• In both Missouri and Kansas you may be entitled to punitive damages (damages beyond the cost of your injuries, medical care, etc.) when the drunk driver acted particularly egregious or carelessly by driving drunk. Although the two states have a different standard for the type of conduct that warrants punitive damages, punitive damages are available in both states. However, Kansas puts a limit on the amount of punitive damages you may receive, whereas Missouri does not.

3. A Drunk Driver Who Injures You Is Liable for Damages.

Even if a drunk driver is not charged with a crime for drunk driving, you may nevertheless sue the drunk driver for damages if you were injured because they struck you while they were driving. The criminal and civil processes are treated separately.

For a drunk driver to be liable for your damages, you must prove that they were negligent, as described above. To prove a drunk driver was negligent, you must prove that:

  • The drunk driver owed you a duty (the duty would be not to endanger the lives of other drivers on the road)
  • The drunk driver breached that duty (a drunk driver breaches their duty by driving their vehicle on the road in an intoxicated state)
  • The drunk driver caused your injuries (any injuries you sustain when you are struck by a drunk driver are caused by the drunk driver’s actions)
  • The drunk driver was the proximate cause of your injuries (if you are struck by a drunk driver and fracture your ankle, for which you do not see a doctor for several days and, upon exiting the elevator in your doctor’s office, you trip over your shoelace and fall to the ground, breaking your wrist, the drunk driver would be liable for your broken ankle because they were the proximate cause, but they would not be liable for your broken wrist. Even though you probably would not have been at the doctor’s office were it not for the drunk driver striking you and, therefore, may not have tripped and broken your wrist, the drunk driver did not take any action upon you that caused you to break your wrist. Therefore, the drunk driver would not be considered the proximate cause of your wrist injury.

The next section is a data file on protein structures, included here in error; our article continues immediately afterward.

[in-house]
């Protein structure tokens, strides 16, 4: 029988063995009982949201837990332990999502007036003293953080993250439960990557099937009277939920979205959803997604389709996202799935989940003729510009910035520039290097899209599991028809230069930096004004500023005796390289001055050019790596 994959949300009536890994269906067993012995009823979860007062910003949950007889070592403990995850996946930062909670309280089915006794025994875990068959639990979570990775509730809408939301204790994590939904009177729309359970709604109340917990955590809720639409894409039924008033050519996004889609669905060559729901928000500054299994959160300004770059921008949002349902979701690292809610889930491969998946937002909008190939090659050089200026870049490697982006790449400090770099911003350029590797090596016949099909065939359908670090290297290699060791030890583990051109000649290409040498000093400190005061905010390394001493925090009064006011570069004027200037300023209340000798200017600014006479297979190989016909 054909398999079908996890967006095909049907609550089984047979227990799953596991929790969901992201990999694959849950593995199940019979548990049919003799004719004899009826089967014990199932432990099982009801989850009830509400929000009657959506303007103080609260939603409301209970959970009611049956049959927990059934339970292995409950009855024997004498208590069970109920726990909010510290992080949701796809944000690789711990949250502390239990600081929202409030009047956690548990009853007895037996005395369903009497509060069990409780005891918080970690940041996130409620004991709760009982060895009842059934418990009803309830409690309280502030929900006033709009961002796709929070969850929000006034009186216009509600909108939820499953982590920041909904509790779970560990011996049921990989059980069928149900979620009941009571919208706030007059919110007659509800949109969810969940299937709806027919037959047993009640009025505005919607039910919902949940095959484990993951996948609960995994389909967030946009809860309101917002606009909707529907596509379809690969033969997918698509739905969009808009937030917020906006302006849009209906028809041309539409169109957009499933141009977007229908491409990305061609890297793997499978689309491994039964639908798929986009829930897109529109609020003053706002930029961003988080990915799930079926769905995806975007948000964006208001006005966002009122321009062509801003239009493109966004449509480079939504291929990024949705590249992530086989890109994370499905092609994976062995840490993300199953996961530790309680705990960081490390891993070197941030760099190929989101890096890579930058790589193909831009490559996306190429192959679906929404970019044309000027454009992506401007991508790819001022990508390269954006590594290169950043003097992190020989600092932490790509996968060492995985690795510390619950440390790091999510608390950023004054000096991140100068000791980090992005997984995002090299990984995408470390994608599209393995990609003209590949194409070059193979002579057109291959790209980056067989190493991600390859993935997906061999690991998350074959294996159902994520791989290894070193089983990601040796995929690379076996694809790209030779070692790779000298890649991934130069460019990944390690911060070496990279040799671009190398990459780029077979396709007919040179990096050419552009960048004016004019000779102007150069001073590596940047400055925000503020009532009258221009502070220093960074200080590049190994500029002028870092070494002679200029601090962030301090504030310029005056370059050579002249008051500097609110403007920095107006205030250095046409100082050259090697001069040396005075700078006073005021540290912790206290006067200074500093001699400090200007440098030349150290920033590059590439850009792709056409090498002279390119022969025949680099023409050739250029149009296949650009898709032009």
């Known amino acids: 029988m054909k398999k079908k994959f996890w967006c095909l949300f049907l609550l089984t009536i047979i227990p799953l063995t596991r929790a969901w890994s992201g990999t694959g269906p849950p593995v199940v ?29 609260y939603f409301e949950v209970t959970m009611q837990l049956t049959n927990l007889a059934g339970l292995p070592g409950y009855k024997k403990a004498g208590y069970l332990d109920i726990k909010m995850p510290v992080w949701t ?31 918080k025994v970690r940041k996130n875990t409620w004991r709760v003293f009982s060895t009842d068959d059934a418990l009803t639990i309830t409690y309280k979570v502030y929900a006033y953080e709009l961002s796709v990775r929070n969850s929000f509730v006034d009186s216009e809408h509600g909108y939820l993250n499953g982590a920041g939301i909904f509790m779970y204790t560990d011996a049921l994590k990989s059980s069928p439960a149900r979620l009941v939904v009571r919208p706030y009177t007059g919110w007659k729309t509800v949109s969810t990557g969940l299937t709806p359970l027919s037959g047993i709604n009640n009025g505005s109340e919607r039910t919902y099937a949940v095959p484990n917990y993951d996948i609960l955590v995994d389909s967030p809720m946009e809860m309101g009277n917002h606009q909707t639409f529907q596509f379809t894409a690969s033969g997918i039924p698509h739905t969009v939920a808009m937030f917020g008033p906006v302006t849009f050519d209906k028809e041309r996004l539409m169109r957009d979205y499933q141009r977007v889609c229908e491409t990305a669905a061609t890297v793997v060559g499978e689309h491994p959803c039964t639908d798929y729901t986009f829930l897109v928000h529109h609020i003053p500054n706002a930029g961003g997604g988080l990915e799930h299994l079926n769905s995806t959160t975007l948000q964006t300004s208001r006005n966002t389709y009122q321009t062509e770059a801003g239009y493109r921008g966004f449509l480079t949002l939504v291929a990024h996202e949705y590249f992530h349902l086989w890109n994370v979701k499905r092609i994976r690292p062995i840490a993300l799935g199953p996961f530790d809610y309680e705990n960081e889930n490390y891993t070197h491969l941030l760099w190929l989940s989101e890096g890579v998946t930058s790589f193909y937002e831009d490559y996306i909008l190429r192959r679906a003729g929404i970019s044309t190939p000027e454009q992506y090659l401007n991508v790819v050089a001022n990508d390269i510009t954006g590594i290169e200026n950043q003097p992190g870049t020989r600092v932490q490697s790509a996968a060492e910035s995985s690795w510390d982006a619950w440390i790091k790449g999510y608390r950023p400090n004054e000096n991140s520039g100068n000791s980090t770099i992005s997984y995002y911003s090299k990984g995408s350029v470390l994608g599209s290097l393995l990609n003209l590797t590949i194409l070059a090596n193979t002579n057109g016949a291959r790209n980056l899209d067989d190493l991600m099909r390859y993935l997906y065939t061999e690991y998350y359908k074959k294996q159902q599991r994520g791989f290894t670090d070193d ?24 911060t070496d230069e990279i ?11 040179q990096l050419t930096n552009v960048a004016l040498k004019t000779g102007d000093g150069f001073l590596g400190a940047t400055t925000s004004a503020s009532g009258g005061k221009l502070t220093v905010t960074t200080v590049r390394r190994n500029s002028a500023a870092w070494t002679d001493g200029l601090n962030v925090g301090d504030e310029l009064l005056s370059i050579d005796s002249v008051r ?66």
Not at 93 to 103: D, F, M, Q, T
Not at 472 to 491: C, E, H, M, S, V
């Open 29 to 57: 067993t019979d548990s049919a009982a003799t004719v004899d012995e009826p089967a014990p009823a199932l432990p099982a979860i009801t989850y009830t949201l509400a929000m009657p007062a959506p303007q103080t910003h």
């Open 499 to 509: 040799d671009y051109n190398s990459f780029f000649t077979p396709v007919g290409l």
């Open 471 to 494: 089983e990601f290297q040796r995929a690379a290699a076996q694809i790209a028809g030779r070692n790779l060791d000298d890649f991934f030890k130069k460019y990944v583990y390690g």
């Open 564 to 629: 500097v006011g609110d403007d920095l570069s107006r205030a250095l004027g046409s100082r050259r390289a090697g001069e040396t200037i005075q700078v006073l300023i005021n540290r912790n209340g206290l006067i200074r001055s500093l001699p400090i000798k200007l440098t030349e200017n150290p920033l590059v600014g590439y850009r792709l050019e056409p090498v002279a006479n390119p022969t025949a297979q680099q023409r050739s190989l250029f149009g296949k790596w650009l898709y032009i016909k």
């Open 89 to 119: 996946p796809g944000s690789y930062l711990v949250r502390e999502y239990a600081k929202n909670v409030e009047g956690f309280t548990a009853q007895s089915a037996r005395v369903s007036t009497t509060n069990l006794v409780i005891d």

4. There May Be Other Defendants Who May Be Liable for Your Damages.

Missouri enforces what are called “Dram Shop” laws. If you are struck by a drunk driver and are injured, the Dram Shop laws allow you to sue the drunk driver, as well as any other defendants (like a bar, nightclub, or restaurant) that may have provided alcohol to their patron who was visibly drunk, or to a patron who is under 18. Kansas is one of the few states that does not enforce Dram Shop laws.

Some states enforce a similar law called the “social host” law. Under this law, if someone serves alcohol at their private residence or, for example, at a work function, to someone who is visibly intoxicated or under 18 years old and that person subsequently injures you while driving drunk, the host who served the alcohol could be liable. Neither Missouri nor Kansas provide for civil liability under a “social host” law, but Missouri provides for criminal liability for a social host who serves alcohol to a minor. The punishment is up to one year in jail.

Michael Foster
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Kansas City Personal Injury Attorney